The first in-person State of the County was held Thursday as the final part of the Santa Barbara South Coast Chamber of Commerce’s four-part State of the City/County series, meant to connect and provide up-to-date information to business and government officials.
In July 2020, the Santa Barbara Chamber of Commerce merged with the chambers of Goleta and Carpinteria Valley to form the Santa Barbara South Coast Chamber of Commerce. The South Coast Chamber oversees 1,100 businesses from Goleta to Carpinteria.
The key speakers at the event included Mona Miyasato, county executive officer of Santa Barbara County; Nancy Anderson, assistant county executive officer of Santa Barbara County; Bob Nelson, chair of the county Board of Supervisors; and Peter Rupert, director of the UC Santa Barbara Economic Forecast Project.
The speakers touched on various issues in the community, some made worse by the COVID-19 pandemic, such as housing insecurity, unemployment, and homelessness.
County Executive Officer Miyasato spoke about a recently approved $1.35 billion budget from the Board of Supervisors, as well as the growing tax revenue from cannabis. This past year, Miyasato said, the county generated $15.7 million in tax revenue from cannabis. Much of this revenue can be put toward projects to improve community life, such as housing and homelessness programs, alternative energy projects, and libraries.
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“We know there is still much more to do in this recovery, and there is more than we have funding for, but I am hopeful that greater progress can be made in our region and in our county,” Miyasato said.
Over this past year, the county has also provided more than 26,700 bed nights to house unsheltered people and help quell the spread of COVID-19, Miyasato said. Of that group, 50 percent have transferred to permanent supportive housing.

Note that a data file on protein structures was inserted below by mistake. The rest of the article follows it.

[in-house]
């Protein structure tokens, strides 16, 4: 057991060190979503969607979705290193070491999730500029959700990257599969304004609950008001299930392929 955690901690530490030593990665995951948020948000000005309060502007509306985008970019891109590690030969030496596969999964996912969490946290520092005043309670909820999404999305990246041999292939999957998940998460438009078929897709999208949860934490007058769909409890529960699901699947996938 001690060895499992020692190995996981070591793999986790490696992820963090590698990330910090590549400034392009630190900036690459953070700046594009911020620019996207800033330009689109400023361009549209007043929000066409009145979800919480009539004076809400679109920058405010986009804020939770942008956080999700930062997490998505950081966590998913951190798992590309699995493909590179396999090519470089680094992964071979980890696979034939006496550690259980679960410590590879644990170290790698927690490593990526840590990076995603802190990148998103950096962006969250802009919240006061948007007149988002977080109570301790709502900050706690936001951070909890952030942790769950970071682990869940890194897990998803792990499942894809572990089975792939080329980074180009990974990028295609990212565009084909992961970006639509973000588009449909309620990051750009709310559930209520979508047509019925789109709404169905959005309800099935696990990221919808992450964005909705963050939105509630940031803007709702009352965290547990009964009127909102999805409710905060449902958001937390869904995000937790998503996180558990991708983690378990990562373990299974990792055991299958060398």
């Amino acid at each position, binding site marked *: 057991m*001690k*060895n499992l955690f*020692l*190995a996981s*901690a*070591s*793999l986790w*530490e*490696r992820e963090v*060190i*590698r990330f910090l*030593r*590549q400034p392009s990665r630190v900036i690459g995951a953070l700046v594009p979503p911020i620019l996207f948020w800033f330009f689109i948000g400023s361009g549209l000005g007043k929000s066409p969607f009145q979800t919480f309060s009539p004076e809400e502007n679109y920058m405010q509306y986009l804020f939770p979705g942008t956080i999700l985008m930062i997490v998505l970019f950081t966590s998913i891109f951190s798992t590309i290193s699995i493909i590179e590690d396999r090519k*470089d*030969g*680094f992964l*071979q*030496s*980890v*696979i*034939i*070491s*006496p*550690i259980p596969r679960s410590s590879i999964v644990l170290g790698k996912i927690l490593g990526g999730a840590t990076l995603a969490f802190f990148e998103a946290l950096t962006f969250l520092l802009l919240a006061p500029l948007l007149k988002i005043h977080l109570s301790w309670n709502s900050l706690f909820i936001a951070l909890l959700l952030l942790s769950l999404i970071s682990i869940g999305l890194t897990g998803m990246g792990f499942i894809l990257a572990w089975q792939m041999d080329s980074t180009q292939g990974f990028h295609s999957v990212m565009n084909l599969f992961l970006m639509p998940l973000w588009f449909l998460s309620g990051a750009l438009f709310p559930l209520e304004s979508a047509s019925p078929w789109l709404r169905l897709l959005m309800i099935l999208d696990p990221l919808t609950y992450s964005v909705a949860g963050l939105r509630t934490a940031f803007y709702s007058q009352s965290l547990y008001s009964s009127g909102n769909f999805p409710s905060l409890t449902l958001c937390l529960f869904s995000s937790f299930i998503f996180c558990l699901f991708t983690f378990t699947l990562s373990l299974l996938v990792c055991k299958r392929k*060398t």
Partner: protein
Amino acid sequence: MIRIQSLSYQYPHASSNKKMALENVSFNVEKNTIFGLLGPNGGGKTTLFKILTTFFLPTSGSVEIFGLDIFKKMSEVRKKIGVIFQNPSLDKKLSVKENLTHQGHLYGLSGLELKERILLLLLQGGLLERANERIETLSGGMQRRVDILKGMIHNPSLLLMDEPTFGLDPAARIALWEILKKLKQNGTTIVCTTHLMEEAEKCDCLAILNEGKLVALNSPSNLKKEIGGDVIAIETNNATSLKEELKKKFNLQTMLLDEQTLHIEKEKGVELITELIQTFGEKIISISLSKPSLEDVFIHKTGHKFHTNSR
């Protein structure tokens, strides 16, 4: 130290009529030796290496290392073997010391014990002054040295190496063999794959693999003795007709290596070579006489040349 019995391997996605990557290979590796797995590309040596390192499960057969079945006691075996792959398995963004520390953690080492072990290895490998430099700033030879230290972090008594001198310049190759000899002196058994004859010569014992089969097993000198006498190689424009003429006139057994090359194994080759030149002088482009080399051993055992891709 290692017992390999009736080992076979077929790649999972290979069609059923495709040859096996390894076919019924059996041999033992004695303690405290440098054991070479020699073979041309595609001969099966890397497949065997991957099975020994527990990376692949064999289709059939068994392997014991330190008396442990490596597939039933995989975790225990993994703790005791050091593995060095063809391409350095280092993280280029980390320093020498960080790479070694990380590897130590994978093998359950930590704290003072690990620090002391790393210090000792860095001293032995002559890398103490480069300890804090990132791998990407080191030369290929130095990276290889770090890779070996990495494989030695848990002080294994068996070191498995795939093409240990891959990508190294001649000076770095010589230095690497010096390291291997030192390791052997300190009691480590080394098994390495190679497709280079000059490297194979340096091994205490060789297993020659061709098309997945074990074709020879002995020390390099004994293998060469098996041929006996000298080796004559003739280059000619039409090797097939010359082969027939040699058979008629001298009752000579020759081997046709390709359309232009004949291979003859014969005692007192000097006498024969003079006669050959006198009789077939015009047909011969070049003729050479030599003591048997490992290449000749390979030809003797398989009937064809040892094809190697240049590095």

Supervisor Nelson spoke about how the Board of Supervisors can address homelessness, specifically those who are struggling with untreated mental-health issues or drug addiction or possible victims of human trafficking and domestic violence. Nelson said projects such as the Bridgehouse Shelter project in Isla Vista, now in Lompoc, do well in assessing the needs of those seeking shelter and provide more adequate and personal care.
Rupert, director of the UCSB Economic Forecaster Project, spoke about the labor shortage in the county coming out of the pandemic. Unemployment in Santa Barbara pre-COVID was about 3.8 percent, Rupert said, and today it’s about 5.5 percent. There are about 12,000 unemployed people in the county currently, but Rupert said this is not from a lack of available jobs.
“There are more jobs than people looking for them,” he said.
Food and Hospitality industries were among those hit the hardest during the pandemic. The food and drink industry in the county lost about 2,000 workers, and the hotel and hospitality industry lost 35 percent of its workers, according to Rupert.
Despite this, Rupert and Nelson are hopeful that as tourism continues to increase in Santa Barbara, these industries will bounce back.